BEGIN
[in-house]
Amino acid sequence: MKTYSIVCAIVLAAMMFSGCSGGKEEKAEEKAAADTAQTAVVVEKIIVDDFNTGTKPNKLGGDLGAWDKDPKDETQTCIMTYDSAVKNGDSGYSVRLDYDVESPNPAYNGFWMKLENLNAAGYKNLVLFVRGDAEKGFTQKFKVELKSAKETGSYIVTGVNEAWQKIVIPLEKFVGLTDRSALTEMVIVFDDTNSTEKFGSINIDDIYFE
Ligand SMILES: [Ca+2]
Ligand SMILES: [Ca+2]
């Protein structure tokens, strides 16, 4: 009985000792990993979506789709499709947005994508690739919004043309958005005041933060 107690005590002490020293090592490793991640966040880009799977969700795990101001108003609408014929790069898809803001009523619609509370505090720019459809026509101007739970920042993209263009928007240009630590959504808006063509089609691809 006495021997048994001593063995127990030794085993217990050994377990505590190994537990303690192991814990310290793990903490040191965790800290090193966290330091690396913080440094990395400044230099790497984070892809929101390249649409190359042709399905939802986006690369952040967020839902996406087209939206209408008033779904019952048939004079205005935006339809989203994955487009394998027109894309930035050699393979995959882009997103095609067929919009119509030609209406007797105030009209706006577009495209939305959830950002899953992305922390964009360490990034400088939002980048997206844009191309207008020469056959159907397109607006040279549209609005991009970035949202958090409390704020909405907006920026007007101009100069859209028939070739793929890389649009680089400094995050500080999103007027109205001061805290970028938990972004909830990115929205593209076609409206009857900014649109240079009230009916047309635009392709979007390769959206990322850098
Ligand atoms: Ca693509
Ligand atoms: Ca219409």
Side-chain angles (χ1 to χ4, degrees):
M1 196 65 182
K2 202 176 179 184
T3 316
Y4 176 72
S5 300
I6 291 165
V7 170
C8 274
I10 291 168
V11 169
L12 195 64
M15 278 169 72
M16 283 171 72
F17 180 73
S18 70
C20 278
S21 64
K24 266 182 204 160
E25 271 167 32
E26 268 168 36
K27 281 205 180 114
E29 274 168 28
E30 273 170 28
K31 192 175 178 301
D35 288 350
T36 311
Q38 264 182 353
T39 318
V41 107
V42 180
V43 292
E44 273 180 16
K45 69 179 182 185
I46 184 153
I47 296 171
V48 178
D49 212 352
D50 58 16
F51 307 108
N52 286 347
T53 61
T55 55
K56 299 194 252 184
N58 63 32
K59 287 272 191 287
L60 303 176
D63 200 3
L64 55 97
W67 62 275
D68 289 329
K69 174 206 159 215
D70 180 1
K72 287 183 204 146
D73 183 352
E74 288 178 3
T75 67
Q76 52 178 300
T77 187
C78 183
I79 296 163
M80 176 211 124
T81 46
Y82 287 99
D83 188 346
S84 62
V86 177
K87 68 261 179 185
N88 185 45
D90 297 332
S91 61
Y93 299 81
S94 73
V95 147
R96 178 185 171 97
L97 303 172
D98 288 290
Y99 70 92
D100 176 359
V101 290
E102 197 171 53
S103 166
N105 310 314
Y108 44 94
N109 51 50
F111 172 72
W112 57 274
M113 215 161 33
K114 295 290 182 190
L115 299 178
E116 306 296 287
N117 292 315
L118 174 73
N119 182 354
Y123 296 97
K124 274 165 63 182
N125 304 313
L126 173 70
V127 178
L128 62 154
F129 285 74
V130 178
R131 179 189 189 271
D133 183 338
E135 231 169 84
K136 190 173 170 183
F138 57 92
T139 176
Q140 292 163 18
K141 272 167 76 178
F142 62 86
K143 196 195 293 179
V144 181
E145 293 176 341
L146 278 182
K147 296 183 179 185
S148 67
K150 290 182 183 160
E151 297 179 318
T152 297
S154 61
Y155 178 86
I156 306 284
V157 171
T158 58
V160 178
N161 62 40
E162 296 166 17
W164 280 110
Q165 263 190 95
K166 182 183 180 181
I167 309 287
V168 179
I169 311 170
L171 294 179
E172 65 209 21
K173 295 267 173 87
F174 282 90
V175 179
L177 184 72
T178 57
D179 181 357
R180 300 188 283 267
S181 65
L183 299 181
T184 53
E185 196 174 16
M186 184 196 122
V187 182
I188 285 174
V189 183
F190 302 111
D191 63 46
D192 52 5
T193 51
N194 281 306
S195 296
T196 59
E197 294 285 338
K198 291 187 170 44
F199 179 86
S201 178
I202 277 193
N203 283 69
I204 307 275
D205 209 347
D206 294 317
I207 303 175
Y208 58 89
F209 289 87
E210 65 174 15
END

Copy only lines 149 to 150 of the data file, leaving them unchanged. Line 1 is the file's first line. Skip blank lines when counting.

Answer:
D179 181 357
R180 300 188 283 267